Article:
Cherry Sambal 16.000

Renee Comet for The Washington Post

Plate Lab Apr 4, 2014

In honor of this year's National Cherry Blossom Festival, DC Coast executive chef Miles Vaden has sweetened his basic sambal recipe with house-made maraschino cherries.

Do not use the bright-red maraschino cherries available in grocery stores; see the related recipe.

The condiment is on DC Coast's spring menu, served with duck confit gyoza. You might want to serve it alongside roast chicken or stir it into vinaigrettes and Asian-style slaws.

Make Ahead: The cherry sambal can be refrigerated in an airtight container for up to 1 week or frozen for up to 3 months. For longer storage, the sambal can be processed via the water-bath canning method.


When you scale a recipe, keep in mind that cooking times and temperatures, pan sizes and seasonings may be affected, so adjust accordingly. Also, amounts listed in the directions will not reflect the changes made to ingredient amounts.

Tested size: 16 servings; makes 1 cup

  • 2 cups Scott Clime's Maraschino Cherries, drained (see related recipe)
  • 1 tablespoon peeled, finely grated ginger root
  • 1 cup water, or more as needed
  • 1/4 cup sugar
  • 1 1/2 teaspoons homemade or store-bought sambal (see NOTE)
  • 1 tablespoon fresh lemon juice, plus more as needed
  • 1 teaspoon kosher salt

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Combine the maraschino cherries, ginger, water, sugar, sambal, lemon juice and salt in a medium saucepan over medium-high heat. Once the mixture begins to boil, reduce the heat to medium; cook for about 20 minutes or until the mixture has reduced by about half.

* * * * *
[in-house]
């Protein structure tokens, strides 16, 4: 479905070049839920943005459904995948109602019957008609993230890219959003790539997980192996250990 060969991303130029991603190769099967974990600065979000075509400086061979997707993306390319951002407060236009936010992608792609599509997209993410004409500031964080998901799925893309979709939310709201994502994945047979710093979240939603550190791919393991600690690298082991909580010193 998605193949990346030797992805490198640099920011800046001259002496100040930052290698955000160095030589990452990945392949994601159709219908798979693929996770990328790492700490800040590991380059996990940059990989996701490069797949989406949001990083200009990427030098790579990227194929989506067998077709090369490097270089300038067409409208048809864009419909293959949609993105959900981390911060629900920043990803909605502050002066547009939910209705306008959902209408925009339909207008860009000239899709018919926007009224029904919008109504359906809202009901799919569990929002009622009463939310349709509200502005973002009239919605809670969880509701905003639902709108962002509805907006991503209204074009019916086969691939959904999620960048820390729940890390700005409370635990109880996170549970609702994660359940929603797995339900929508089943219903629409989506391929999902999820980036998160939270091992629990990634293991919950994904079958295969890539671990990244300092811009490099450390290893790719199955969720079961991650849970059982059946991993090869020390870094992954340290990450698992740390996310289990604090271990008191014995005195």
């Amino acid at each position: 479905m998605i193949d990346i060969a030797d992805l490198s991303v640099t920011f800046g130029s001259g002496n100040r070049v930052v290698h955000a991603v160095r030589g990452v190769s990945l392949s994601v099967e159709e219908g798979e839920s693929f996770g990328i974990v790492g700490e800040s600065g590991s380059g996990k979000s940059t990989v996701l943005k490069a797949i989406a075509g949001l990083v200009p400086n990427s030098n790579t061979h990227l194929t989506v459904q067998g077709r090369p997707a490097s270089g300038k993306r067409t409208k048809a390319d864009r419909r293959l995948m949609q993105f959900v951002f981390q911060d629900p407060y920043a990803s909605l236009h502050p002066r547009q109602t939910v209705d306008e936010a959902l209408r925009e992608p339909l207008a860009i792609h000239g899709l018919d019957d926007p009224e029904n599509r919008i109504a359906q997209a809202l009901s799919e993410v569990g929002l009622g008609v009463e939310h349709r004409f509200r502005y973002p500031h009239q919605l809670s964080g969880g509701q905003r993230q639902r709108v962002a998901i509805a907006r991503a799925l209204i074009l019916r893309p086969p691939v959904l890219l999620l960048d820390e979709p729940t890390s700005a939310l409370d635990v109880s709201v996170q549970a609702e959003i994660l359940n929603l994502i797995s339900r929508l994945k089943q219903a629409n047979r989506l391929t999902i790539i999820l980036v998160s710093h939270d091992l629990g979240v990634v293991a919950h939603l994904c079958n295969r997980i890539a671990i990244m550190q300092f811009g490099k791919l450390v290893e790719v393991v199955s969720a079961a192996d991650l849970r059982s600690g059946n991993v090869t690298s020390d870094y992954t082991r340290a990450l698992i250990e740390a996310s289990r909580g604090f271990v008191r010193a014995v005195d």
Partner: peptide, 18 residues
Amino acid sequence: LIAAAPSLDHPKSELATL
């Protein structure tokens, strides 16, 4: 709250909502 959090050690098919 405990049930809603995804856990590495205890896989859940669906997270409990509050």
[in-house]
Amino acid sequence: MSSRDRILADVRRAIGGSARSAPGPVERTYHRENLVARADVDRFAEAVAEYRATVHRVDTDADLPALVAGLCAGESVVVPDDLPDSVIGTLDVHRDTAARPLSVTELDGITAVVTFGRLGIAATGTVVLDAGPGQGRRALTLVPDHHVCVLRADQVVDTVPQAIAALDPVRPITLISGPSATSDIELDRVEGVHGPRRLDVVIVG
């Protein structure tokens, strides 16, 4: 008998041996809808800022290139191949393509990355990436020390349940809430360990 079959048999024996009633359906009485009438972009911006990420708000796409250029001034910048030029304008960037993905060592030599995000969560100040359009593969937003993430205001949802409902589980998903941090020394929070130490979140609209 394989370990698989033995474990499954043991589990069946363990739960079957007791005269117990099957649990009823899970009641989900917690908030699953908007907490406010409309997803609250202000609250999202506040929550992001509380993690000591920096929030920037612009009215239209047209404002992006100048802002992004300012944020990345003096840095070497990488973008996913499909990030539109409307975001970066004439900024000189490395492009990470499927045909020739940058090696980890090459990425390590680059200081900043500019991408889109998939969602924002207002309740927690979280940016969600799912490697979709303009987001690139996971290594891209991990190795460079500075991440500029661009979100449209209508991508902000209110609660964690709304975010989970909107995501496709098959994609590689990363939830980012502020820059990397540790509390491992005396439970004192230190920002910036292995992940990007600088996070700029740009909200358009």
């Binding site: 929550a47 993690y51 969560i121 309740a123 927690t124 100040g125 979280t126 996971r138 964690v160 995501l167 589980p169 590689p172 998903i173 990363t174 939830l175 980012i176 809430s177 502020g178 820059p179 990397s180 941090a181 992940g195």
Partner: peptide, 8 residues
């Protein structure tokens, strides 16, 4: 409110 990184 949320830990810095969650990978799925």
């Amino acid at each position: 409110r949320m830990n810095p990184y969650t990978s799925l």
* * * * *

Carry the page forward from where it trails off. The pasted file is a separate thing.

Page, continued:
Transfer to a blender; remove the center knob in the lid (so steam can escape), then place a paper towel over the opening. Puree to a pourable consistency. If the puree is too thick, add water as needed. If the mixture seems thin, return it to the saucepan and cook over medium heat to thicken.

Transfer to an airtight container; cool completely before serving or storing.

NOTE: To make chef Miles Vaden's basic sambal, combine 7 ounces of thinly sliced, stemmed/seeded red and green Thai or bird’s-eye chilies and 1/2 cup water in a pot. Bring to a boil, then cook over low heat for 15 minutes. Drain, and transfer the chilies to a blender, along with 2 tablespoons plain rice vinegar, 2 garlic cloves, 1 teaspoon sugar, 1 teaspoon kosher salt and 1 tablespoon toasted sesame oil. Pulse until finely chopped but not smooth. Add water to adjust the consistency as needed. Refrigerate in an airtight container for up to 2 weeks.

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Recipe Source

Adapted from Miles Vaden, executive chef at DC Coast in downtown Washington.

Tested by Bonnie S. Benwick.

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